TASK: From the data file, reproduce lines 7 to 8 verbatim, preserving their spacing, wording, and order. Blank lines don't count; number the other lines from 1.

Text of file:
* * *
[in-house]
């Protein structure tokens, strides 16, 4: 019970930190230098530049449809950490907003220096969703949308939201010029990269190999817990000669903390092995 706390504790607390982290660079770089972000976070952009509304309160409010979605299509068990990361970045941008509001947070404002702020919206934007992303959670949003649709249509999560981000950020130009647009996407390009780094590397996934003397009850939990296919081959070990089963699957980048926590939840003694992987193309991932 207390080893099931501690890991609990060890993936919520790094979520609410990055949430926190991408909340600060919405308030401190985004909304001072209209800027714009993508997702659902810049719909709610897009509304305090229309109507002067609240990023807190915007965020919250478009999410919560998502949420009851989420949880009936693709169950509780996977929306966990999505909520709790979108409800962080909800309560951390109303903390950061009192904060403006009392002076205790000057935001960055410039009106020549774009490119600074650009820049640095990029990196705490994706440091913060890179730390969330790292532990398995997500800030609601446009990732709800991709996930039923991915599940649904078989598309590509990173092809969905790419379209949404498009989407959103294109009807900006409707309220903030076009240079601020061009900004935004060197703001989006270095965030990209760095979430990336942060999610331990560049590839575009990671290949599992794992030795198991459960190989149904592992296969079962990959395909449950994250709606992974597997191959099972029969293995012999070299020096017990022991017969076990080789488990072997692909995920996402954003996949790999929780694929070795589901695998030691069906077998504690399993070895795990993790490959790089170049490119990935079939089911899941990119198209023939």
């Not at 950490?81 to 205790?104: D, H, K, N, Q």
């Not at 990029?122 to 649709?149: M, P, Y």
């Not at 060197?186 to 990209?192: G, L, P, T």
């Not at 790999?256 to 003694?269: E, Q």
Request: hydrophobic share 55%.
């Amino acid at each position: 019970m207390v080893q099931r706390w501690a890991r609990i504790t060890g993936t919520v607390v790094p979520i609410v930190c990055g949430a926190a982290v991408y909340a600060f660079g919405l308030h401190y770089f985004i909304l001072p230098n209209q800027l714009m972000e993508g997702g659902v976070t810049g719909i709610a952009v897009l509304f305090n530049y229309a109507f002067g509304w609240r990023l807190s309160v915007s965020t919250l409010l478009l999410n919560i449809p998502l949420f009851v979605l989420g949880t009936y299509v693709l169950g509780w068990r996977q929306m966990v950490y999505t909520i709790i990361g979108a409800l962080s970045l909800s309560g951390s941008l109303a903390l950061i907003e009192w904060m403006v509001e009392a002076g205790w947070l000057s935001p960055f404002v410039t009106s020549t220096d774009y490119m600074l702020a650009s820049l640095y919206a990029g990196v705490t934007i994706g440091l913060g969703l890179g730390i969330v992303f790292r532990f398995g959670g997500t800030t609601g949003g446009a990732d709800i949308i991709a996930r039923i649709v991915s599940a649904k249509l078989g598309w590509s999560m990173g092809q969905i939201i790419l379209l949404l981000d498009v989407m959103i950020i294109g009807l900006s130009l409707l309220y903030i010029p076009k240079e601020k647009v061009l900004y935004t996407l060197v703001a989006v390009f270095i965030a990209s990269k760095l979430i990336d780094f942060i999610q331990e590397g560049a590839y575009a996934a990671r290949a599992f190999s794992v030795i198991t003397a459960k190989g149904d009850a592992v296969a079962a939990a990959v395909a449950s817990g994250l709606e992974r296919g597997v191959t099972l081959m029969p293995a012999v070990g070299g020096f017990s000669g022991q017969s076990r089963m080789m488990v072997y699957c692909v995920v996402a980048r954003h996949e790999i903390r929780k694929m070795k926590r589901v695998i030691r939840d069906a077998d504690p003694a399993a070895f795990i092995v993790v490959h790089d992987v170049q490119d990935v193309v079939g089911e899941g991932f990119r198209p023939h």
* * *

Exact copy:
Request: hydrophobic share 55%.
């Amino acid at each position: 019970m207390v080893q099931r706390w501690a890991r609990i504790t060890g993936t919520v607390v790094p979520i609410v930190c990055g949430a926190a982290v991408y909340a600060f660079g919405l308030h401190y770089f985004i909304l001072p230098n209209q800027l714009m972000e993508g997702g659902v976070t810049g719909i709610a952009v897009l509304f305090n530049y229309a109507f002067g509304w609240r990023l807190s309160v915007s965020t919250l409010l478009l999410n919560i449809p998502l949420f009851v979605l989420g949880t009936y299509v693709l169950g509780w068990r996977q929306m966990v950490y999505t909520i709790i990361g979108a409800l962080s970045l909800s309560g951390s941008l109303a903390l950061i907003e009192w904060m403006v509001e009392a002076g205790w947070l000057s935001p960055f404002v410039t009106s020549t220096d774009y490119m600074l702020a650009s820049l640095y919206a990029g990196v705490t934007i994706g440091l913060g969703l890179g730390i969330v992303f790292r532990f398995g959670g997500t800030t609601g949003g446009a990732d709800i949308i991709a996930r039923i649709v991915s599940a649904k249509l078989g598309w590509s999560m990173g092809q969905i939201i790419l379209l949404l981000d498009v989407m959103i950020i294109g009807l900006s130009l409707l309220y903030i010029p076009k240079e601020k647009v061009l900004y935004t996407l060197v703001a989006v390009f270095i965030a990209s990269k760095l979430i990336d780094f942060i999610q331990e590397g560049a590839y575009a996934a990671r290949a599992f190999s794992v030795i198991t003397a459960k190989g149904d009850a592992v296969a079962a939990a990959v395909a449950s817990g994250l709606e992974r296919g597997v191959t099972l081959m029969p293995a012999v070990g070299g020096f017990s000669g022991q017969s076990r089963m080789m488990v072997y699957c692909v995920v996402a980048r954003h996949e790999i903390r929780k694929m070795k926590r589901v695998i030691r939840d069906a077998d504690p003694a399993a070895f795990i092995v993790v490959h790089d992987v170049q490119d990935v193309v079939g089911e899941g991932f990119r198209p023939h």